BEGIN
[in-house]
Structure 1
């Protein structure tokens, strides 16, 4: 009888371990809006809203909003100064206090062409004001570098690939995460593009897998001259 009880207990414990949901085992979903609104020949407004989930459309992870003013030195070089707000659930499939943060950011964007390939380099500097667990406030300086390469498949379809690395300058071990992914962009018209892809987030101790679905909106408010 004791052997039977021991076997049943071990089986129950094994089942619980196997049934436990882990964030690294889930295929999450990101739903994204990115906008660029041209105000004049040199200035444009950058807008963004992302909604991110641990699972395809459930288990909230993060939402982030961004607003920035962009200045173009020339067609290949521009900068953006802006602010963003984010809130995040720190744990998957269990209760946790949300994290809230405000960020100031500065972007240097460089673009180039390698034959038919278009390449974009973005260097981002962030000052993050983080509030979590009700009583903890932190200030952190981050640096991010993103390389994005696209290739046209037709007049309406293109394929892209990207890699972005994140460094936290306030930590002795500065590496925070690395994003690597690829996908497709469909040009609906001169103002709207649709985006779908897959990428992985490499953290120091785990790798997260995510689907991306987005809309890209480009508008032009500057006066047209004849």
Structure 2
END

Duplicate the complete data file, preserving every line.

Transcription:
[in-house]
Structure 1
């Protein structure tokens, strides 16, 4: 009888371990809006809203909003100064206090062409004001570098690939995460593009897998001259 009880207990414990949901085992979903609104020949407004989930459309992870003013030195070089707000659930499939943060950011964007390939380099500097667990406030300086390469498949379809690395300058071990992914962009018209892809987030101790679905909106408010 004791052997039977021991076997049943071990089986129950094994089942619980196997049934436990882990964030690294889930295929999450990101739903994204990115906008660029041209105000004049040199200035444009950058807008963004992302909604991110641990699972395809459930288990909230993060939402982030961004607003920035962009200045173009020339067609290949521009900068953006802006602010963003984010809130995040720190744990998957269990209760946790949300994290809230405000960020100031500065972007240097460089673009180039390698034959038919278009390449974009973005260097981002962030000052993050983080509030979590009700009583903890932190200030952190981050640096991010993103390389994005696209290739046209037709007049309406293109394929892209990207890699972005994140460094936290306030930590002795500065590496925070690395994003690597690829996908497709469909040009609906001169103002709207649709985006779908897959990428992985490499953290120091785990790798997260995510689907991306987005809309890209480009508008032009500057006066047209004849």
Structure 2